Wrapped in a towel, I cleaned your teeth before your dad said goodnight, rubbing his beard up against your cheek, something you've started to grin wildly at. After drying you off, moisturising your chubby limbs and putting your nappy and pyjamas on, I nursed you, read to you and then sang Twinkle, Twinkle Little Star as I placed you in your cot. Just like I do every night. Then, just as you do every night, you twisted in your sleepsack and reached up a hand for your cuddly toy. A present from some dear family friends, it's nothing more than a thin piece of striped fabric with a head, feet and hands attached and it took us a while to realise that it was a zebra so when we do give it a name it is "Mr Zebra" but most of the time, it's just "your cuddly", because that's what you do with it. It's one of the few things that I have been able to introduce to you without any issue. I just kept placing this limp piece of material next to your head whenever you went to bed or had a nap, and at around six or seven months, you started to actively reach for it and hold it tight in your hands. Now Mr Zebra and you go on long laps around your cot every night. I love how it brings you comfort at a time that has always been hard for you - sleeping.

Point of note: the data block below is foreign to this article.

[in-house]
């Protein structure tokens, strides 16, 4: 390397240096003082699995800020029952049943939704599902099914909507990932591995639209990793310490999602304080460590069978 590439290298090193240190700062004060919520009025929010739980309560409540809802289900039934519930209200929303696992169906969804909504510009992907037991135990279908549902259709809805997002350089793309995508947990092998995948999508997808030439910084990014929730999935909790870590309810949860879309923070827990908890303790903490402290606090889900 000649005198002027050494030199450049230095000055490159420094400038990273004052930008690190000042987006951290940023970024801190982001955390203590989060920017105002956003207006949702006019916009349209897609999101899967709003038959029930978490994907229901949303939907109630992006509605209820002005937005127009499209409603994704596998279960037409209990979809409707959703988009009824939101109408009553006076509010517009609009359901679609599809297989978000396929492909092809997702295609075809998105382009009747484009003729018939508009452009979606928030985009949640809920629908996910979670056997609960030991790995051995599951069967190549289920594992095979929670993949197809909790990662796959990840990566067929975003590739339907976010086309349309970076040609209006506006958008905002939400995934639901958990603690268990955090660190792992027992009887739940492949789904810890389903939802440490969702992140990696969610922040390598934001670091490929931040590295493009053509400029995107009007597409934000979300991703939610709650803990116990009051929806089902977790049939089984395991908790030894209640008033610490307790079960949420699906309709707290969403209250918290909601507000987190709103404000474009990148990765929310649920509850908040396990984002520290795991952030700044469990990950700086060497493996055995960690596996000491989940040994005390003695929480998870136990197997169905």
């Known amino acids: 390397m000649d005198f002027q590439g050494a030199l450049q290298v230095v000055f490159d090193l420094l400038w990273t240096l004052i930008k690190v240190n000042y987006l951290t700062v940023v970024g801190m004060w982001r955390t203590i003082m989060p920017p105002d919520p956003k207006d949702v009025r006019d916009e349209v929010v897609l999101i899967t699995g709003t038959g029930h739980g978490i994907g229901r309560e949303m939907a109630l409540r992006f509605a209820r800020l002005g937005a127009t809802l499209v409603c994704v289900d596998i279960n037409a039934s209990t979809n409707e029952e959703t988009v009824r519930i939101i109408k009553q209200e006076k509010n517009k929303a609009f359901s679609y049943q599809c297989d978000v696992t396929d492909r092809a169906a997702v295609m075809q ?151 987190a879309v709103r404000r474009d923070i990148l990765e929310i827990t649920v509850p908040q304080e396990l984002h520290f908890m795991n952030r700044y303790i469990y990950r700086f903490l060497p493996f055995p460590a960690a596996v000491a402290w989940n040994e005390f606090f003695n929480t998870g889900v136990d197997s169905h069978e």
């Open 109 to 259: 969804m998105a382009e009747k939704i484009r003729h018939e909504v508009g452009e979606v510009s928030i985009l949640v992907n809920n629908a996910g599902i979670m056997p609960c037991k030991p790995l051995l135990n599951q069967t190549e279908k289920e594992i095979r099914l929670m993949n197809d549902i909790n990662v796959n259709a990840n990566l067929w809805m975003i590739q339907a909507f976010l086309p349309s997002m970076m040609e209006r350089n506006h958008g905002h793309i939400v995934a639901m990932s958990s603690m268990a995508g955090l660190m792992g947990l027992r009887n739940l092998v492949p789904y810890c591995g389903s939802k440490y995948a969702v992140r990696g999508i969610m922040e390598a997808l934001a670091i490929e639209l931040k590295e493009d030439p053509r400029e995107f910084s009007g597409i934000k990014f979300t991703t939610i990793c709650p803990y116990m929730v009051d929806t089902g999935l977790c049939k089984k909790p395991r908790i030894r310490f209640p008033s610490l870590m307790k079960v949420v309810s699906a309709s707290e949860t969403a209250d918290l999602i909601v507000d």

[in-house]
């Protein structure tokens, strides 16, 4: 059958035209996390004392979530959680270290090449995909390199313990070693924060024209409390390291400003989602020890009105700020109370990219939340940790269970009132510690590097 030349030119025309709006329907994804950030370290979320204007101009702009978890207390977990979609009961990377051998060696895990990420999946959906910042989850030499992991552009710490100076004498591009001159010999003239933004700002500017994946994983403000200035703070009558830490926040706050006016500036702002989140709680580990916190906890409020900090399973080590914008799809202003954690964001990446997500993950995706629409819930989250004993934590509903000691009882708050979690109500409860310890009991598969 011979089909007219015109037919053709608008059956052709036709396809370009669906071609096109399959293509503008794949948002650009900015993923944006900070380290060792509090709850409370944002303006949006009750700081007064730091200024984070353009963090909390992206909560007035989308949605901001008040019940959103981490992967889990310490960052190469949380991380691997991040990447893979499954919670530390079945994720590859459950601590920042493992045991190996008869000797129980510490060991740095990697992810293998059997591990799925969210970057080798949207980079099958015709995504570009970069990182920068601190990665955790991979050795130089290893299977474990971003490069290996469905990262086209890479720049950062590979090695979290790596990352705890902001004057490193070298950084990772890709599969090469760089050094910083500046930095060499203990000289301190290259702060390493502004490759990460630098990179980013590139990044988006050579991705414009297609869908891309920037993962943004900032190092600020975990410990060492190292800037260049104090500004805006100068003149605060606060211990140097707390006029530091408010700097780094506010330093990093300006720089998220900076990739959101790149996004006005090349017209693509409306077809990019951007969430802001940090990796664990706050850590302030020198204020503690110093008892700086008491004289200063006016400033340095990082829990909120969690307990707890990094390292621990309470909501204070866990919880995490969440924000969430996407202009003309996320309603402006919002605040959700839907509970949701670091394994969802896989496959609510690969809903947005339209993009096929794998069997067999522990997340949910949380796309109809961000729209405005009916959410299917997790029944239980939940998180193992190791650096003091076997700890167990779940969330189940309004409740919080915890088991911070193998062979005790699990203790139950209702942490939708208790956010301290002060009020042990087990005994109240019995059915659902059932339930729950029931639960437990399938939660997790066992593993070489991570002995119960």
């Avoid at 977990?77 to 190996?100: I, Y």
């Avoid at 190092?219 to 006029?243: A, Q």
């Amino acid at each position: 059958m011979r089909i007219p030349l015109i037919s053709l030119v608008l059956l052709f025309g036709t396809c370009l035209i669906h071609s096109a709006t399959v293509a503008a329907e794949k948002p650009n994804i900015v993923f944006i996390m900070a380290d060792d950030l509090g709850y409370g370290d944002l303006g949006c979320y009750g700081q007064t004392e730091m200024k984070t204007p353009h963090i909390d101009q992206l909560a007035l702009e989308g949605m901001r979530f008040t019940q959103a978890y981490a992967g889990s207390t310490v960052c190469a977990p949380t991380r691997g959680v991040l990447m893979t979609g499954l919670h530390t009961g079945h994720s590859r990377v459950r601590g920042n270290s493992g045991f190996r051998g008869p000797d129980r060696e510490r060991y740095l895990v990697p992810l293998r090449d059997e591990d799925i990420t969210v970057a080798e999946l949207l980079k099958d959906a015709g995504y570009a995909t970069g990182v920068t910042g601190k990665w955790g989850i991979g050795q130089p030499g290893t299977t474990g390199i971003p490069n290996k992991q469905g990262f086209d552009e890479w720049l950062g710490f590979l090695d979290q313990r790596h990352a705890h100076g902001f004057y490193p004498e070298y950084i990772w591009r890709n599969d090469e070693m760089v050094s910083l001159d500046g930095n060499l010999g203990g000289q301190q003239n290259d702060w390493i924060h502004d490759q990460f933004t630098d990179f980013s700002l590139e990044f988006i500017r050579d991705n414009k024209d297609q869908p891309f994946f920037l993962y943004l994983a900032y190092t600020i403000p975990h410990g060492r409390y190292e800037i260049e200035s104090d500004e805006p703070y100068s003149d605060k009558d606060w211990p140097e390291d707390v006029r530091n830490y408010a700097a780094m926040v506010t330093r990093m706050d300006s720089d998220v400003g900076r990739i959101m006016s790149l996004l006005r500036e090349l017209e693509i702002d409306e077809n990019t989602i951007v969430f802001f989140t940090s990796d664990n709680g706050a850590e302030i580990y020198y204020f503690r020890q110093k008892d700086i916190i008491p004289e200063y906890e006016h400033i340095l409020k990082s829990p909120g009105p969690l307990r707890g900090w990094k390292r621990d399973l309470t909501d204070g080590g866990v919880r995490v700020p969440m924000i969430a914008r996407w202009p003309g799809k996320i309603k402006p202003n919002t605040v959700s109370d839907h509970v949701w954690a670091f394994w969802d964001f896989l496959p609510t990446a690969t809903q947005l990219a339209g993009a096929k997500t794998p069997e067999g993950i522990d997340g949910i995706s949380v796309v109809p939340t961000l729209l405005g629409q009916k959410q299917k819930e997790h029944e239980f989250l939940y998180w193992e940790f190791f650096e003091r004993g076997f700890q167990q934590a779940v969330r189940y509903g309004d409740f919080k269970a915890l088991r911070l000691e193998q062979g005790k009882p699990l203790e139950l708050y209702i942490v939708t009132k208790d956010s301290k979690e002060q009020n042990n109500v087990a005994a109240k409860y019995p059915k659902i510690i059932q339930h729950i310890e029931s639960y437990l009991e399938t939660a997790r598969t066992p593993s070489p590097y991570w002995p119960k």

But this Tuesday, as you reached for Mr Zebra, he wasn't there.
I called out to your dad that your cuddly was in the bottom of the stroller.
"It's not there," he shouted back.
"It has to be!"
You started to cry.
"It's not! Did you leave it at daycare?"
"No!" I said closing the door on you as your cries got louder. "I never leave it there. I know how important it is."
I rushed to the stroller but your dad was right. It wasn't there. Your clothes and shoes from daycare were there, but no Mr Zebra.
I swore loudly.
"Did you leave it there?"
"Maybe," I said but then shook my head. "No, I remember getting it. I have everything else."
Your cries seemed to be getting louder.
"Well, he'll settle in a minute," your father said.
"No," I shook my head. "No, he won't. He hasn't got his cuddly. This is horrible for him. I must have lost it."
"He'll be fine." Your dad said. "He'll calm down in a few minutes. Dinner's ready now anyway. We'll buy him a new one tomorrow."
"No, I had a favourite cuddly and it really upset me when I forgot it or lost it." I sat down and put my shoes on. "I'm going to go and find it."
Honestly, I didn't think I was actually going to find it. I just knew I had to do something to combat the sick feeling in my stomach. How could I have lost his favourite toy? I had known that the bottom of the buggy was quite full. Why didn't I just put the toy in my bag, or in my pocket, or even in your hands? Why didn't I just take more care? I couldn't sit down and eat dinner. I had to at least try.